State winner category 1 Qld

Samantha Thompson (Gold Coast Floristry & Retail Management, Qld)
Saman.Thomp.Goldc  .JPG

Recipient: Her grandfather Frank for his 88th birthday. 

Samantha was inspired by her grandfather’s native garden in suburban Sydney which was somewhat ahead of its time, filled with grevilleas, banksias, native grasses, tree ferns, massive gum trees and paperbarks that attracted a multitude of birds and also possums. Her arrangement features reds and yellows (provided by Banksias, Leucadendron ‘Safari Sunset’, Leucospermum, Grevillea, bud wax and kangaroo paws), the colours of the sunsets which encouraged grandfather to sit in the garden and watch the birds feeding and the possums venturing out. She used paperbark to cover the container, remembering how she would collect cicada shells from these trees as a child. Orchids were added to recall her grandfather’s large orchid collection. Samantha has focussed on the different and contrasting textures provided by the plant materials selected, and considered the roles of positive and negative space, repetition and movement in her design.

State winner category 1 NSW

Shirley Salangsang (South Western Sydney Institute of TAFE, Padstow)
Shirley Salangsang Padstow.jpg

Recipient: Her father

Shirley called her design ‘Sun and shells’ to reflect her father’s love of going to the beach to relax and unwind. She used a basket for the base and extended its colour and texture by making an armature (a sculptural framework) to highlight the design and add height with a ‘net’ to hold shells. Warming tones of red, pink and gold, provided by Leucadendron ‘Safari Sunset’, golden wattle, proteas and vanda orchids, were used to evoke the warm feeling of being on the beach, and her warm love of her father.

NSW - highly commended

Claire Dybell (Pearson’s School of Floristry Pty Ltd, Stanmore)
Claire DYBELL Pearsons 2 highly comm.jpg

Recipient: Her father

Claire’s symmetrical design featured analogous colour harmony of yellows and reds, which she feels are more masculine colours. She used groupings to create interest and movement and noted the different actual and visual textures provided by the plant materials.  She based her arrangement in a boat shaped vase that is placed within a timber wine box. Her staging of the design was impressive.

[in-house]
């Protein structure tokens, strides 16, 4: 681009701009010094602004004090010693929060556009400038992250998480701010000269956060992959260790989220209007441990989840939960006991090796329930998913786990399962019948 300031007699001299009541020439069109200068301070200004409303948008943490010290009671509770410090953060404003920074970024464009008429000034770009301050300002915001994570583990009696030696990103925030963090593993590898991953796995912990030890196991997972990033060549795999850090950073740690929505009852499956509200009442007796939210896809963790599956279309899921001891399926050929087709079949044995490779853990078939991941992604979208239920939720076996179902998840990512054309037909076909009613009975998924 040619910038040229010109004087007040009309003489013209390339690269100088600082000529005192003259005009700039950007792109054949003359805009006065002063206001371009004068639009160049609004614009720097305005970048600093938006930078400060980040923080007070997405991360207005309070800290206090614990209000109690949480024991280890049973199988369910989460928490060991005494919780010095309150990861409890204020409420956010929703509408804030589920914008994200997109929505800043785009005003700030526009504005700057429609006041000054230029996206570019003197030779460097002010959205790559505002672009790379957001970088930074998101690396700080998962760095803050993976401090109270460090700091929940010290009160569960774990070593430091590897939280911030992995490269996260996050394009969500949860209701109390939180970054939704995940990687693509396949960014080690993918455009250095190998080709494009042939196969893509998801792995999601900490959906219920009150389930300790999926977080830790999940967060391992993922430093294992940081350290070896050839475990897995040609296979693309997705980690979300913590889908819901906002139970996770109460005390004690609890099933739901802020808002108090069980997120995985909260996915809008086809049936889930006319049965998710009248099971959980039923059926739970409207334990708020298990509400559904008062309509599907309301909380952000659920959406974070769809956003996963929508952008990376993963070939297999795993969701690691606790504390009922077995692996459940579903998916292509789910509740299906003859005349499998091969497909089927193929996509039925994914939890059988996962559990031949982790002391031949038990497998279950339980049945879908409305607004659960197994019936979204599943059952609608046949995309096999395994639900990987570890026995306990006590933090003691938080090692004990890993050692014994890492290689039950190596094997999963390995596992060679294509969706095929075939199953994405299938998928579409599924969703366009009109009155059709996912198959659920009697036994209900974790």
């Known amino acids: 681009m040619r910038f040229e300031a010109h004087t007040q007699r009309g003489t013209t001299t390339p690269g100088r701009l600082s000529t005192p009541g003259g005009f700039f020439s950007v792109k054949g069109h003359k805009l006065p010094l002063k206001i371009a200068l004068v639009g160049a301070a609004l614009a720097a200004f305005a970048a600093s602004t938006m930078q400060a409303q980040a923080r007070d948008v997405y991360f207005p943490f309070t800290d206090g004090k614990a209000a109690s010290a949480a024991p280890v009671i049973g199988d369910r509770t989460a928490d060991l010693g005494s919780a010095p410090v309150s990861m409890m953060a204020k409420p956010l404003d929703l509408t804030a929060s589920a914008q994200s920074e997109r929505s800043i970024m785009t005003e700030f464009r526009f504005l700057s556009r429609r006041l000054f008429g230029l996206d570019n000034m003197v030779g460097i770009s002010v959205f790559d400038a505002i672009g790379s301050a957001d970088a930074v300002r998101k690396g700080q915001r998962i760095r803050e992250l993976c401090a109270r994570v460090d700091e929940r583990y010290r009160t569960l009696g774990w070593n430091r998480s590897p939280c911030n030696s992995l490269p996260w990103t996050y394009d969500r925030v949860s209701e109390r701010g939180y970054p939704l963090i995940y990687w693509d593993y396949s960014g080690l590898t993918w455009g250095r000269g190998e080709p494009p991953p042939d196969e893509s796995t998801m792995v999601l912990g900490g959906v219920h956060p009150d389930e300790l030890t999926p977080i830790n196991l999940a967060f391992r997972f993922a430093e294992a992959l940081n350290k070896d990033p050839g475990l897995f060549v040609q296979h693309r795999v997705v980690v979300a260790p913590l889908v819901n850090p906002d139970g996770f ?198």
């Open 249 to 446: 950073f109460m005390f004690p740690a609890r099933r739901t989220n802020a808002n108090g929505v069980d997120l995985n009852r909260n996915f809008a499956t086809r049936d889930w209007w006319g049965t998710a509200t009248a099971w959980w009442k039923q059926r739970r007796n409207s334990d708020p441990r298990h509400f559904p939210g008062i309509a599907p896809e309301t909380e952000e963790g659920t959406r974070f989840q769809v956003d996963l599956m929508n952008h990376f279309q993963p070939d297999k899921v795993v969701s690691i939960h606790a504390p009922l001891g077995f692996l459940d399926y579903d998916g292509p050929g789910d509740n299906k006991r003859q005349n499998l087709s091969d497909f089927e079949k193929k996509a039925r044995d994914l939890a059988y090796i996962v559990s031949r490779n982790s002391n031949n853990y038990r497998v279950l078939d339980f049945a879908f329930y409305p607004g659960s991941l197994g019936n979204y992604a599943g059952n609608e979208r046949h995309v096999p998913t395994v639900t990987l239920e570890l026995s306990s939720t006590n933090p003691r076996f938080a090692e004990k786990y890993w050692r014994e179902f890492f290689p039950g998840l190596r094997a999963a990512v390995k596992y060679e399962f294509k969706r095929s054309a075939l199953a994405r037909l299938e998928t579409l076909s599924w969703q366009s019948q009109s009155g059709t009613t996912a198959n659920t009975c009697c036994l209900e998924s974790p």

State/territory winner category 1 ACT

Caitlin North (Canberra Institute of Technology)
Caitlin North Canb.jpg

Recipient: Her grandmother for her 80th birthday

Caitlin’s entry connects to her grandmother’s life on a farm, where there was a walking track through the bush which she used to wander daily with her blue heeler. When not in the bush, she was out in her garden. Based in a large black ceramic pot, Caitlin created a front facing radiating arrangement using groupings of Leucadendrons, Banksias and proteas, adding flax to add height and backing to the design. She used pieces of Didgery SticksTM from Premium Greens Australia to make two tatami, one short, one long, to wind through the design to allude to the path. She added hypericum berries and umbrella fern to carry through the bright green of the tatami.

State winner category 1 Victoria

Mandy Hughes (Holmesglen Institute of TAFE)
Mandy Hughes Holmesglen.JPG

Recipient: A tribute to her grandfather

Mandy called her design – ‘Australia – Picture perfect’. It’s a tribute to her grandfather who emigrated to Australia aged 68 and fell in love with our flora and fauna. He inspired Mandy and always said ‘you should be a florist’. Mandy made a frame out of recycled fence palings, again in tribute to her  grandfather who loved to do woodwork. Within the frame she placed a range of Australian and South African wildflowers, grouping them to showcase the flowers as they would be seen in nature and with shortest to tallest left to right, with spear grass forming an arc across the top. 

State winner category 1 WA

Bridget Zonneveld (Challenger Institute of Technology)
Bridget Zonneveld.Chall..JPG

Recipient: Her father

Bridget created her design for her father who enjoys travelling and appreciates his bushy, bird-filled garden. Australian species (wattle, gum nuts, Banksias, waxflower, Melaleuca and Thryptomene) are joined by two South African relatives (Leucadendron salignum and Brunia), while lobster claws and bird of paradise add dazzling colours and exotic flower forms. These are her father’s favourite colours and forms, and were added to link to his ‘worldly travels’.



Back to Top ↑